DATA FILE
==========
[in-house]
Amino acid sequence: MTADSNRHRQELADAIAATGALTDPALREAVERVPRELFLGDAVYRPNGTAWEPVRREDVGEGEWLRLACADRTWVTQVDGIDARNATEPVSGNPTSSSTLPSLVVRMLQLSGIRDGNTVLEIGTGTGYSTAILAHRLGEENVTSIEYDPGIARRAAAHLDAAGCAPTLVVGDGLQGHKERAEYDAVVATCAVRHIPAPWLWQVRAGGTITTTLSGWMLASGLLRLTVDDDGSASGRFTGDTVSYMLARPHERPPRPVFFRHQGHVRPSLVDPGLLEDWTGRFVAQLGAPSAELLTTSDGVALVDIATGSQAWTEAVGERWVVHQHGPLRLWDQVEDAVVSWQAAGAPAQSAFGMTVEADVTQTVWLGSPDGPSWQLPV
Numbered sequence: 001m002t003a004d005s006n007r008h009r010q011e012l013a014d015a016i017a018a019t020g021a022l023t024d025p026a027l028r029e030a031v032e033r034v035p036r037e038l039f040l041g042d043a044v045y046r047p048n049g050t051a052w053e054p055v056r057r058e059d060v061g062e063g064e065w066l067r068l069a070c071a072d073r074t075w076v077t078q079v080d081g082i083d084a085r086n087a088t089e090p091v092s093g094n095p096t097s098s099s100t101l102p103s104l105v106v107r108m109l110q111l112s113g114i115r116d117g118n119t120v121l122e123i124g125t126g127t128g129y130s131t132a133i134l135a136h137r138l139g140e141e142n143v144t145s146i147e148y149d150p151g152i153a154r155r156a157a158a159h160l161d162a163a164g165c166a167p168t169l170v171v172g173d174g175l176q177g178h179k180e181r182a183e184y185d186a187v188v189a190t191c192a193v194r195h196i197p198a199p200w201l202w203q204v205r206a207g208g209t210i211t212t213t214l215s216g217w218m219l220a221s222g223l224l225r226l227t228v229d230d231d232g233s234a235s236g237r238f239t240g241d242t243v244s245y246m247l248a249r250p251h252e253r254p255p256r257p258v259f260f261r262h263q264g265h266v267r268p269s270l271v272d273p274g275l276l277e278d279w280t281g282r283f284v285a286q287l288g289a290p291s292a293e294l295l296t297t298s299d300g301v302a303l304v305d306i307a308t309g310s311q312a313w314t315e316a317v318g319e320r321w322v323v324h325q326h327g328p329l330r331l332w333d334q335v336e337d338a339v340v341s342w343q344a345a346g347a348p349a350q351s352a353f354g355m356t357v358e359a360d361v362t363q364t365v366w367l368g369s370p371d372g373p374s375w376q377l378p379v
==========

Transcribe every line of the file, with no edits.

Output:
[in-house]
Amino acid sequence: MTADSNRHRQELADAIAATGALTDPALREAVERVPRELFLGDAVYRPNGTAWEPVRREDVGEGEWLRLACADRTWVTQVDGIDARNATEPVSGNPTSSSTLPSLVVRMLQLSGIRDGNTVLEIGTGTGYSTAILAHRLGEENVTSIEYDPGIARRAAAHLDAAGCAPTLVVGDGLQGHKERAEYDAVVATCAVRHIPAPWLWQVRAGGTITTTLSGWMLASGLLRLTVDDDGSASGRFTGDTVSYMLARPHERPPRPVFFRHQGHVRPSLVDPGLLEDWTGRFVAQLGAPSAELLTTSDGVALVDIATGSQAWTEAVGERWVVHQHGPLRLWDQVEDAVVSWQAAGAPAQSAFGMTVEADVTQTVWLGSPDGPSWQLPV
Numbered sequence: 001m002t003a004d005s006n007r008h009r010q011e012l013a014d015a016i017a018a019t020g021a022l023t024d025p026a027l028r029e030a031v032e033r034v035p036r037e038l039f040l041g042d043a044v045y046r047p048n049g050t051a052w053e054p055v056r057r058e059d060v061g062e063g064e065w066l067r068l069a070c071a072d073r074t075w076v077t078q079v080d081g082i083d084a085r086n087a088t089e090p091v092s093g094n095p096t097s098s099s100t101l102p103s104l105v106v107r108m109l110q111l112s113g114i115r116d117g118n119t120v121l122e123i124g125t126g127t128g129y130s131t132a133i134l135a136h137r138l139g140e141e142n143v144t145s146i147e148y149d150p151g152i153a154r155r156a157a158a159h160l161d162a163a164g165c166a167p168t169l170v171v172g173d174g175l176q177g178h179k180e181r182a183e184y185d186a187v188v189a190t191c192a193v194r195h196i197p198a199p200w201l202w203q204v205r206a207g208g209t210i211t212t213t214l215s216g217w218m219l220a221s222g223l224l225r226l227t228v229d230d231d232g233s234a235s236g237r238f239t240g241d242t243v244s245y246m247l248a249r250p251h252e253r254p255p256r257p258v259f260f261r262h263q264g265h266v267r268p269s270l271v272d273p274g275l276l277e278d279w280t281g282r283f284v285a286q287l288g289a290p291s292a293e294l295l296t297t298s299d300g301v302a303l304v305d306i307a308t309g310s311q312a313w314t315e316a317v318g319e320r321w322v323v324h325q326h327g328p329l330r331l332w333d334q335v336e337d338a339v340v341s342w343q344a345a346g347a348p349a350q351s352a353f354g355m356t357v358e359a360d361v362t363q364t365v366w367l368g369s370p371d372g373p374s375w376q377l378p379v